There’s something about your new blog format that doesn’t quite sparkle for me anymore. Sure, I got used to, and miss the old uncluttered visual layout with that main topic so short, sweet and to the point in the center. But what I really miss is you: a real man standing there under his own name. You plowed the ground and showed us what vulnerable, honest, transparent and striving looks like: our brother in Christ, swimming upstream, trying to make it home to the headwaters.
Now, in kindness and generosity you hand over your hard won readership to others. Anonymous authors may truly be wonderful people with a lot of good stuff to share, but essentially they’re cowards hiding behind anonymous blog names, benefitting from your credibility by association and inclusion.
Nowadays a writer doesn’t have to actually publish with a Deseret Book imprint to set himself up with a following. He can be “paid” by loyal blog readers who go to him for advice about what scriptures mean, instead of going to the Lord directly themselves to find out what scriptures mean. This is priestcraft.
I think it’s important for your readers to be able to see clearly who is behind which written word. Tim, you have street cred as a writer, as do all the others who put their name on their opinions at great personal cost and risk to their reputation. So who are your anonymous authors? Where have they been? What have they been doing? How have they suffered with us on the journey home? What has it cost them? What is it costing them now?
Tim, I think I understand what you’re trying to do by opening up your blog as a forum so that all can have a voice. It’s noble and generous, and I don’t doubt for one second that you’ve been impressed by the Lord to do so. But as you fine-tune that impression, in your willingness to act and obey, I have a question for you.
Wouldn’t we all be more edified and uplifted by your handing over page space only to those writers who, like you, have laid it all on the altar by taking off the blogger name masks and standing in the light under their own real name and true identity?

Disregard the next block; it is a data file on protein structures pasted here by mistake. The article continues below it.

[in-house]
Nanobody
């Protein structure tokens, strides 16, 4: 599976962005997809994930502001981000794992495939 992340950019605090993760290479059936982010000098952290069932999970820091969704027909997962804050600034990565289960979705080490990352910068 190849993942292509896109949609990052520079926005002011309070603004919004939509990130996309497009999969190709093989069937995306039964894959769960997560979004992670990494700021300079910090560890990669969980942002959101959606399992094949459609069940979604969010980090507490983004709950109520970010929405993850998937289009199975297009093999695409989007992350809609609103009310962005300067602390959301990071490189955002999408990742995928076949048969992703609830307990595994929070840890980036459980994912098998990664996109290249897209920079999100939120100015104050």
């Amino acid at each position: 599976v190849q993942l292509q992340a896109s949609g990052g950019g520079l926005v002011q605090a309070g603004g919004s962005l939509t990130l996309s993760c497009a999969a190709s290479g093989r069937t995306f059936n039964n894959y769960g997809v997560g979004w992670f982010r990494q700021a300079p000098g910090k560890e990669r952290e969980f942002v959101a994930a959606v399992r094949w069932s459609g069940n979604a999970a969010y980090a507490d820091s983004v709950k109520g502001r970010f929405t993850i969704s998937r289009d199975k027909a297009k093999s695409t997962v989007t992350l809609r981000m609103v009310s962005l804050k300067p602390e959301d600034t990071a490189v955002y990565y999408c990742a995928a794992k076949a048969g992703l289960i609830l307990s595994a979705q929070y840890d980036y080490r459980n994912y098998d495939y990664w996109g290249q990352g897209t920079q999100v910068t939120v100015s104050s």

Tim, people can find you, call you, email you, look you in the eye and shake your hand. You’re real to us. You’re one of us. We know your name, your face, and your history as you’ve shared it. Therefore we readers can discern your motives from your past posts: Tim the man, the brother, is authentic and agenda-free.
The angst, the course corrections and comebacks, these parts of your real human journey give us confidence about where you’re heading in any particular post, because we know where you’ve been. I believe that most of us read your blog because we trust your motives and value your perspectives borne of past experience.
It’s entirely understandable that some timid readers who only venture out to comment in your blog occasionally may still be weak in their faith, terrified of peer censure, and feel the need to hide behind an anonymous name to buck up their courage to post. I get that.
But for those prolific posters who author frequent, lengthy, heavily scripture laden articles expounding, exhorting, and imparting from their own wisdom speaking to hundreds of your hard-won readers, it should cost them something: their true identity.
Whenever anyone directly or indirectly excuses their anonymity by implying that they have a significant visual leadership position in the church, or access to high-level intel which could be compromised if unveiled, or is concerned that if he “uncloaked” and people knew who he actually was they might be unduly impressed and want to follow him so it is therefore “better” to stay hidden in order to more effectively impart knowledge, understanding and wisdom, then I call it out.
Some of us have finally reached the priestcraft pain threshold. We’ve had enough of anonymous committees interpreting God’s word for us, speaking down to us, writing our lesson manuals and our history – telling us what we should do, can do, must do. The condescending tone of anonymous imparters of further light and knowledge is becoming spiritually nauseating to those sensitive Zion hearts trying to break out of the entropy cycle and move up the food chain towards the light.
At this point in the last days timeline I don’t care to hear from “anonymous” writers here on your blog, or anywhere else. I think it’s high time now, as Rock Waterman says, to put some skin in the game.
Lynne McKinley, Orem